PhD Studentship: Functional Role of BPIF proteins in Saliva
University of Sheffield - School of Clinical Dentistry
|Funding for:||UK Students, EU Students, Self-funded Students|
|Funding amount:||Covers fees and stipend|
|Placed on:||15th November 2016|
|Closes:||31st December 2016|
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Saliva acts as a lubricant for mastication, a diluent for food tasting and aids swallowing and speech. It also helps to keep our mouths healthy by washing our mouths, acting as a buffer and contains a number of proteins, which have antibacterial, antifungal and/or antiviral activity. Salivary dysfunction is associated with oral pain, infections (both oral and systemic) and an increased risk of dental caries.
We are interested in the role of members of the PLUNC/BPIF protein family in saliva as it is hypothesised they play a role in the innate immune defence of the airways, nose, and ears and, of specific interest to this project, to maintaining health in our mouths. The two proteins that we plan to study in detail are BPIFA2 (SPLUNC2) and BPIFB2 (LPLUNC2) both of which are known to be present in saliva. Our previous immunohistochemical studies have shown that both proteins are expressed in normal, human salivary glands but the expression pattern changes with disease state.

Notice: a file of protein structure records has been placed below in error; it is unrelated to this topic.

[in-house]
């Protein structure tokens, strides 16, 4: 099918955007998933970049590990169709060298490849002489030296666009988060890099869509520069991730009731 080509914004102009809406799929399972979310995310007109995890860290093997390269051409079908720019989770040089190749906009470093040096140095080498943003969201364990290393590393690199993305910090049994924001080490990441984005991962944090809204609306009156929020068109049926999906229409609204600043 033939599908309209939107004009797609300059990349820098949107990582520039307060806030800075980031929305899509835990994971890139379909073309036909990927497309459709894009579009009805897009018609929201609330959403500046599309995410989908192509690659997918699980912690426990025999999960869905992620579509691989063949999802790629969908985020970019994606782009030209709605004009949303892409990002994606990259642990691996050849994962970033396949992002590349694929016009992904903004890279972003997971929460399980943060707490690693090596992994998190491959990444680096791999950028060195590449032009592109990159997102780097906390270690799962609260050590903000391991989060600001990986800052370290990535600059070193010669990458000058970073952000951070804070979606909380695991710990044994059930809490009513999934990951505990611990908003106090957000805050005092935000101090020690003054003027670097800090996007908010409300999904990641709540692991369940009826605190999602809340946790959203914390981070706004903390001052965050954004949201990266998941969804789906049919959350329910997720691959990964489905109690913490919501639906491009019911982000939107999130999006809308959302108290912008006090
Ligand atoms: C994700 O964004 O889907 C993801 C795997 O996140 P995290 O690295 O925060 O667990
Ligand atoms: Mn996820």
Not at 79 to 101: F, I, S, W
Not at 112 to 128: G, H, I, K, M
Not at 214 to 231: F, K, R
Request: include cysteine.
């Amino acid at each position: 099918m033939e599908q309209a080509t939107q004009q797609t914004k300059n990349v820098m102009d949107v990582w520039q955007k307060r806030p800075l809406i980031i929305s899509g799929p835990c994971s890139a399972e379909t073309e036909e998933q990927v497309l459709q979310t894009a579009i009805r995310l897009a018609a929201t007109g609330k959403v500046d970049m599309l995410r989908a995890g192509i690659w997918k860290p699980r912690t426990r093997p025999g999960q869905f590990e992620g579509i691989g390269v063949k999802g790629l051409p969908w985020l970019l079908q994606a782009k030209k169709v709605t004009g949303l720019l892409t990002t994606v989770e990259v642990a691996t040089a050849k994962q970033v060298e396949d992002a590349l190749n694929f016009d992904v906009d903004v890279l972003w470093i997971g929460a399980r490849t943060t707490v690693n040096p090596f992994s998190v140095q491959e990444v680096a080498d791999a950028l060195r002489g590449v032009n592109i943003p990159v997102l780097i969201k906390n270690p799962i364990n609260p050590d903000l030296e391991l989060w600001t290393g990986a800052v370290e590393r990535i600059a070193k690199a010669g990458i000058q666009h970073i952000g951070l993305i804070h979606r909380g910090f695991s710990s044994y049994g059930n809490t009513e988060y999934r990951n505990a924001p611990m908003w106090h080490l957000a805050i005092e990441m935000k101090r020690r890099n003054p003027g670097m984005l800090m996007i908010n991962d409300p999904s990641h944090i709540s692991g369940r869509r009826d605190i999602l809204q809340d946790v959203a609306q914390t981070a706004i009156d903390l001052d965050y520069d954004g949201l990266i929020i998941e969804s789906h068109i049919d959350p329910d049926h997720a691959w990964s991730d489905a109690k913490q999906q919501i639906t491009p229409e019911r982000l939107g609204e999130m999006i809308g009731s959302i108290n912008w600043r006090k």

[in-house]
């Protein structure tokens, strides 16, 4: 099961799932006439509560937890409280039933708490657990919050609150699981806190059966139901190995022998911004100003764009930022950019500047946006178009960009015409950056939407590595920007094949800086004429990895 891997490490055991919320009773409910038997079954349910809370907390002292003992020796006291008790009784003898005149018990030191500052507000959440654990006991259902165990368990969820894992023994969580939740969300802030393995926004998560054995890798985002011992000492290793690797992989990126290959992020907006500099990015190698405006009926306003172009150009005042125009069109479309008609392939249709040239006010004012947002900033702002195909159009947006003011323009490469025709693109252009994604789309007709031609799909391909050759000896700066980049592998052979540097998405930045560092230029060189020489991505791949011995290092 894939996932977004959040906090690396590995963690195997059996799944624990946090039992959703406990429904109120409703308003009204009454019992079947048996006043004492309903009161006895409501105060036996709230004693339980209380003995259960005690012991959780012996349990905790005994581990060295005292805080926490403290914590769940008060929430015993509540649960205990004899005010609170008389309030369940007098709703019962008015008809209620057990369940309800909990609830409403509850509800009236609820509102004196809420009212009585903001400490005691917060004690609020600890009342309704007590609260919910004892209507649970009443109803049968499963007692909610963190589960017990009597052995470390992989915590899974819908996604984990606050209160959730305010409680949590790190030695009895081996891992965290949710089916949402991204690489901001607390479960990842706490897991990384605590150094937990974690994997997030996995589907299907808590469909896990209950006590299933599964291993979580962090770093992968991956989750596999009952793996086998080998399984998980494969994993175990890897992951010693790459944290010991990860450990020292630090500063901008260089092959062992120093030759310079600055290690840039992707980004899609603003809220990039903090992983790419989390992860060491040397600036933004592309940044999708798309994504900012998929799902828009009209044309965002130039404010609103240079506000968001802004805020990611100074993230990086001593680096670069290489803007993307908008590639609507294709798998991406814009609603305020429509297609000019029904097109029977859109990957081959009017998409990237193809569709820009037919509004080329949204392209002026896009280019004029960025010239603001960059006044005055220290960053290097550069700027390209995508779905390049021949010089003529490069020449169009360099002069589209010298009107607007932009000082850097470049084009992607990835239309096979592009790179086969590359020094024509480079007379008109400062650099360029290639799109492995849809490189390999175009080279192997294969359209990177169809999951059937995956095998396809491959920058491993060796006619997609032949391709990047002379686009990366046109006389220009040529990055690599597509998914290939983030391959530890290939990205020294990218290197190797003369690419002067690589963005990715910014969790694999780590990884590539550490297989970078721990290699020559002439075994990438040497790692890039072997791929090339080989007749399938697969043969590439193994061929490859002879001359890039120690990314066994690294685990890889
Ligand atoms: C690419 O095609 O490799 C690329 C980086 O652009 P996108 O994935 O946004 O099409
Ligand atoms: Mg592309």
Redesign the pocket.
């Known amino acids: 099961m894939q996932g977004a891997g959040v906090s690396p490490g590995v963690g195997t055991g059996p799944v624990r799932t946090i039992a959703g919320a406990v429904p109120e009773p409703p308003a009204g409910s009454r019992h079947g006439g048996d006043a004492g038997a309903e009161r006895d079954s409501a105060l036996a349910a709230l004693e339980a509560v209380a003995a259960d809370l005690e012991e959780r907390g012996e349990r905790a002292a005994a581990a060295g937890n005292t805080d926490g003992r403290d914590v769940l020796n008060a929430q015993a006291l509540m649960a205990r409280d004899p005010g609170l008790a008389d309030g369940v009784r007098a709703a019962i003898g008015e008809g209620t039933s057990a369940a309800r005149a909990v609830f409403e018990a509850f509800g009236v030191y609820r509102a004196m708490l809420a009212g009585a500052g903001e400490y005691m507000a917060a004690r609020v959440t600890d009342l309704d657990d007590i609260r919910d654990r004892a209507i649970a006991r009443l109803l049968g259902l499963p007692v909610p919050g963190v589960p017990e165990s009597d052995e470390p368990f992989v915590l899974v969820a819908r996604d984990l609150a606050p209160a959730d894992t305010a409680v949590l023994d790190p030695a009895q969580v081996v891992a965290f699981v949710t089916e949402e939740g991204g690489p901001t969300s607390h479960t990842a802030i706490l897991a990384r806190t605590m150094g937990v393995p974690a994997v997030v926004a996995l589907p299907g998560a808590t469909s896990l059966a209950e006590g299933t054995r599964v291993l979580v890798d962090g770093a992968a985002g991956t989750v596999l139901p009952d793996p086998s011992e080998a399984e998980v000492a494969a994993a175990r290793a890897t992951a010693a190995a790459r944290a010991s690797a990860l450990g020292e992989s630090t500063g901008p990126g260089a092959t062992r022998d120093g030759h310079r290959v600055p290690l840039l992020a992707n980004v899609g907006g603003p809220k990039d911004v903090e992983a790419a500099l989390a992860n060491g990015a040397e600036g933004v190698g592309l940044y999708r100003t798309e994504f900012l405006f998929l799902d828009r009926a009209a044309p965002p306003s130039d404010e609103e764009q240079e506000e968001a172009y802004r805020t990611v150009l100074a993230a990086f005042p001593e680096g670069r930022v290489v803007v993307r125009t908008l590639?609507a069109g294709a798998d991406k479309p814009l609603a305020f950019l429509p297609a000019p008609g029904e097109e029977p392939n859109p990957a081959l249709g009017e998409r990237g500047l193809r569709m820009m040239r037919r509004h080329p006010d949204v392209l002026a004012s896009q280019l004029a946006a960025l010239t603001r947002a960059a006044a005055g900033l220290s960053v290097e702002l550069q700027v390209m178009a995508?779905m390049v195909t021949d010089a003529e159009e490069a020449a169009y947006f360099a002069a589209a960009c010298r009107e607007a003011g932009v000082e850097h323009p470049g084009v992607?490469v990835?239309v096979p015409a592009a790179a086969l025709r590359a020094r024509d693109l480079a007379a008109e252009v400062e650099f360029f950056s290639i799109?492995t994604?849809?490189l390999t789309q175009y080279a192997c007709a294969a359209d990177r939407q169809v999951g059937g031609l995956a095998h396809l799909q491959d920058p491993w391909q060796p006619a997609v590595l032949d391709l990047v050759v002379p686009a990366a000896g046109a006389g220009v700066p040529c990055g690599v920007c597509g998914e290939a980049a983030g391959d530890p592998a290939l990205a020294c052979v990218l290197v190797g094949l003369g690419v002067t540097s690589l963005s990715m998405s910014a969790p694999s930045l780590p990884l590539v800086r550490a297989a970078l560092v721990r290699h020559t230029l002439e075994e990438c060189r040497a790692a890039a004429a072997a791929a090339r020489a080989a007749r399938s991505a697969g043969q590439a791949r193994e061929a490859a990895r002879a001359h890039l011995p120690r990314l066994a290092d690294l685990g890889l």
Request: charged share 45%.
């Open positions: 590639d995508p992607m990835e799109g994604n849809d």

This project will involve the purification of recombinant proteins generated in our lab. Importantly we have transfected expression constructs into mammalian cells to produce a number of isoforms of the proteins so that their functions can be fully elucidated. The functional work will initially focus on putative antimicrobial activities of the proteins and will undertake studies to look at interactions of the proteins with a range of oral microbes. We will also investigate the interaction of microbes, pre-incubated with the PLUNC proteins, with macrophages and neutrophils to determine any opsonising role for the proteins. Understanding the role of these proteins in inflammatory and infectious disease will help us to further understand the pathogenesis of disease and could lead to the development of new treatment regimens.
Candidates must have a first or upper second class honors degree or significant research experience.
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